In Minnesota, when a defendant in a criminal case is convicted via a plea of guilty or a finding of guilt by a jury, subsequently, they are sentenced. When a defendant is sentenced, there are four (4) primary points:
Charge: will you be convicted of anything, and if so what?
Time: will there be a jail, workhouse or prison sentence? If so, of what
length? Can this be satisfied via community service, sentence to
service (a work crew), at the workhouse, or in prison? Can there
be a continuance for dismissal, a stay of adjudication, a stay of
imposition of sentence, a stay of execution of sentence?
Fine: what will the amount of fine be? Can a portion of the fine be
stayed? Can this be worked off? Are there any surcharges?
Probation: length and terms of probation? Treatment? No contact order?
No use of drugs and alcohol? Counseling? Restitution?
In approximately 99% of criminal cases, there will be a term of probation, https://www.revisor.mn.gov/court_rules/cr/id/27/#27.04with various conditions. Very common conditions of probation include no same or similar offenses, remain law abiding, do not leave the State of Minnesota, anger management programming, no contact with victims, no contact with co-defendants, no use of drugs or alcohol, random testing, completion of drug and alcohol treatment, inpatient and outpatient, aftercare, counseling, sex offender treatment, no contact with minors, attend school, maintain employment, maintain curfew, no viewing of pornography, no use of the internet, no use of social media, no possession of firearms or ammunition, do not return to retail store, keep appointments with your probation officer, etc.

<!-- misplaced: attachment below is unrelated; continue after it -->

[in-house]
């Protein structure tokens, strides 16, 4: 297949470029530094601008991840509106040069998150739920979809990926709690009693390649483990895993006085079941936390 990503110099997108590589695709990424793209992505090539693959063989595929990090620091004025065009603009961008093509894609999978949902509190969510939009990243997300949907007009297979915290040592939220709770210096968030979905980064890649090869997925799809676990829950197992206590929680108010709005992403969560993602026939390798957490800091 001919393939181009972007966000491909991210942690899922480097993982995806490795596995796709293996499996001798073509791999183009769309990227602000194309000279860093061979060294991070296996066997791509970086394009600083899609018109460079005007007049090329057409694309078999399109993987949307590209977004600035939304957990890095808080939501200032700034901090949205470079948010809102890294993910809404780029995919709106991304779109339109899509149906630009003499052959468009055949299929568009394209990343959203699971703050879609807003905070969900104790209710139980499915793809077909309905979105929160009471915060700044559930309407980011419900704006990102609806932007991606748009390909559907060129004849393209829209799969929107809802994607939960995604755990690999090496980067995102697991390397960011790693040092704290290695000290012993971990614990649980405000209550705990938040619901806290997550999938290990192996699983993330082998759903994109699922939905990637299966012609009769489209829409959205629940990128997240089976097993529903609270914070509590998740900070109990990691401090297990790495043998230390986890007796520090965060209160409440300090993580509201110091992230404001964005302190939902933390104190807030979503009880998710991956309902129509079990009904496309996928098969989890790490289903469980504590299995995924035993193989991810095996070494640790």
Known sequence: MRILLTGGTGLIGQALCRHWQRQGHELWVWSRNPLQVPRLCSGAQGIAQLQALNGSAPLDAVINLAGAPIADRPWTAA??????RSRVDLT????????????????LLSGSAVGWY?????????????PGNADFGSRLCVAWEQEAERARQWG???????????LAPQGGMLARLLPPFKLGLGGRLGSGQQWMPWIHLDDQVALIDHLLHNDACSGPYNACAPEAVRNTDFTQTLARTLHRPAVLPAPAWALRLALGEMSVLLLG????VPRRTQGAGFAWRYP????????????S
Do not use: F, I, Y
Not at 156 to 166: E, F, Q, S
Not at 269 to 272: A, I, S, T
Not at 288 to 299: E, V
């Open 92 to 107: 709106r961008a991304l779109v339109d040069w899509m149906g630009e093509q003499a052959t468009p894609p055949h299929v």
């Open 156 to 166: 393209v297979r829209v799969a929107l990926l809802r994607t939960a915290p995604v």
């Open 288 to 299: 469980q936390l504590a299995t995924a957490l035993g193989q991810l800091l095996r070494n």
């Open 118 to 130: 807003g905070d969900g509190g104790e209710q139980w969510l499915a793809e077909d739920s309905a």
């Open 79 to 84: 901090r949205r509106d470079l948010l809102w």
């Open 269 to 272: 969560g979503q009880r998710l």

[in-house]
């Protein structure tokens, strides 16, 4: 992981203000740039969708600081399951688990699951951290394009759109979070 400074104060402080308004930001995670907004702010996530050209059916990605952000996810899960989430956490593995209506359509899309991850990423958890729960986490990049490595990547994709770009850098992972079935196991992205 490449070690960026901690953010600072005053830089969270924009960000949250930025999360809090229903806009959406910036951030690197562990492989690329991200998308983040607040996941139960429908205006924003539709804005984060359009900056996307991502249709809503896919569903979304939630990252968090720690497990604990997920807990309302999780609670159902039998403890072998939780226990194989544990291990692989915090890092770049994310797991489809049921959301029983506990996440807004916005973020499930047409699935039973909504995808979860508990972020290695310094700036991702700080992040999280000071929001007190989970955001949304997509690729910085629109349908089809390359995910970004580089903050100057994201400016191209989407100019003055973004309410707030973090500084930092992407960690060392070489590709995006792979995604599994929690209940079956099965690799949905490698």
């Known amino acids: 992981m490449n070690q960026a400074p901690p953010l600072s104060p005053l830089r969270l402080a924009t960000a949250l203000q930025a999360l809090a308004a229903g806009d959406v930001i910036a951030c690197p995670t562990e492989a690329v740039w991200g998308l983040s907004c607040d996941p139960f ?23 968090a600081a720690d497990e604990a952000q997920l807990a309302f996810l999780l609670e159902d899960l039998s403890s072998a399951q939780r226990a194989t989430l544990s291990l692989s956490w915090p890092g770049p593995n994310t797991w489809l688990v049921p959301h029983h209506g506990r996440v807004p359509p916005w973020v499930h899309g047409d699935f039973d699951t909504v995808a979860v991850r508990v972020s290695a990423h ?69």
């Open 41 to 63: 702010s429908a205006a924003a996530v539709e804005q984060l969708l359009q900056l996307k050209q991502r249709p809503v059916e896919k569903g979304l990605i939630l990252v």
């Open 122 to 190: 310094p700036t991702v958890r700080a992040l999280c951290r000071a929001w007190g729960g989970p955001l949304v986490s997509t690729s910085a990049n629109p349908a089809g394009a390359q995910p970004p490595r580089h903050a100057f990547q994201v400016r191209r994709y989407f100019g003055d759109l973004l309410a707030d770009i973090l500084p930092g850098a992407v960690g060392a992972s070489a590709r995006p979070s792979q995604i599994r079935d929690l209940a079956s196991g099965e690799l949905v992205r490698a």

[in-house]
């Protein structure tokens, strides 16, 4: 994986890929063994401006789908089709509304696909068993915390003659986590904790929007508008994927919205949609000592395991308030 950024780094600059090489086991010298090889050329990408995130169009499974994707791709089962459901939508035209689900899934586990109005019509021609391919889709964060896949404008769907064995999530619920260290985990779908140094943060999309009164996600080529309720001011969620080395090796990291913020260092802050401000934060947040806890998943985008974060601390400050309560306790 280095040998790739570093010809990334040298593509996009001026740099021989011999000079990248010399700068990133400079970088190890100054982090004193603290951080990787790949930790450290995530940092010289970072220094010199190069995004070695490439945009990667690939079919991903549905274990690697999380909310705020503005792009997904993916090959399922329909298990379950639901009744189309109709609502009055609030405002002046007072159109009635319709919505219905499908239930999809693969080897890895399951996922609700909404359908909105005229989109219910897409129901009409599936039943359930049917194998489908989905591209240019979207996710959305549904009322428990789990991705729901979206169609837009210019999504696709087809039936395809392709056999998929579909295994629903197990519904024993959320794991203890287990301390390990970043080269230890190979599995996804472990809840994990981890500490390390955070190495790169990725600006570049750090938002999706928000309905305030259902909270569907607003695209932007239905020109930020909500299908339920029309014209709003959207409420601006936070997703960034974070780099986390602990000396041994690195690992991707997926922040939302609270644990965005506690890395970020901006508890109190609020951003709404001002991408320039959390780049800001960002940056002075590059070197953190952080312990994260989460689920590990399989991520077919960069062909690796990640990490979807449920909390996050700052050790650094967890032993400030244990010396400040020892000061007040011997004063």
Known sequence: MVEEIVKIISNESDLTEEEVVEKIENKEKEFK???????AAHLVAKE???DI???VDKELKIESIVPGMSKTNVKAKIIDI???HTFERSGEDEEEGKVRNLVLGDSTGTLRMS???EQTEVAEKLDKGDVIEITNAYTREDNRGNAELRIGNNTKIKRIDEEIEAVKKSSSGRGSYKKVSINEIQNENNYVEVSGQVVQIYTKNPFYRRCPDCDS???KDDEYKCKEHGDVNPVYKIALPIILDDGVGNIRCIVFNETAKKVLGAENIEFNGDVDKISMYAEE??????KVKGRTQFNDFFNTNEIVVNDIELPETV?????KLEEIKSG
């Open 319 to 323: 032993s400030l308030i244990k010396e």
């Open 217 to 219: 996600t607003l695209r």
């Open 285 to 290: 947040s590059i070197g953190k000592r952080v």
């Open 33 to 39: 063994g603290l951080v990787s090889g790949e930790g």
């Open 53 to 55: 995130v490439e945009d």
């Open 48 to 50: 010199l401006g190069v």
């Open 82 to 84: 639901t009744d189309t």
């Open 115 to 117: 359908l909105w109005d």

The purpose of probation is rehabilitation. And, essentially, a defendant is put on probation on the condition that they remain law abiding. They need to remain law abiding in the community. If they are not able to do so, then, they are declared not amenable to probation, and then they can be ordered to serve jail time, or, in felony cases, their probation can be revoked and they can be sentenced to prison.
If a defendant violates a condition of probation, then the probation officer will issue a warrant, and request a probation violation hearing. At the first hearing, the defendant will be called upon to enter either an admission to a violation, whereby the will be sentenced. Or, if they enter a denial, a contested hearing will be scheduled.
When a probation violation is alleged, the test at the hearings is:
- Was there a violation of probation?
- Was the violation intentional or inexcusable?
- Does the need for confinement outweigh the policies favoring probation?
So, even if there is a violation found, a sentence to incarceration should not be automatic.
The trial court is required to also consider whether or not the need for confinement outweighs the policies favoring probation. If it does not, the defendant should be punished, but he should not be sentenced to prison.
Minnesota Probation Violation Lawyer Lynne Torgerson, a lawyer of excellence and experience of over 25 years, can represent you on a probation violation. Ms. Torgerson also handles parole violations and violations of supervised release, in federal court cases. Call Best Minnesota Criminal Defense Lawyer Lynne Torgerson today at (612) 339-5073!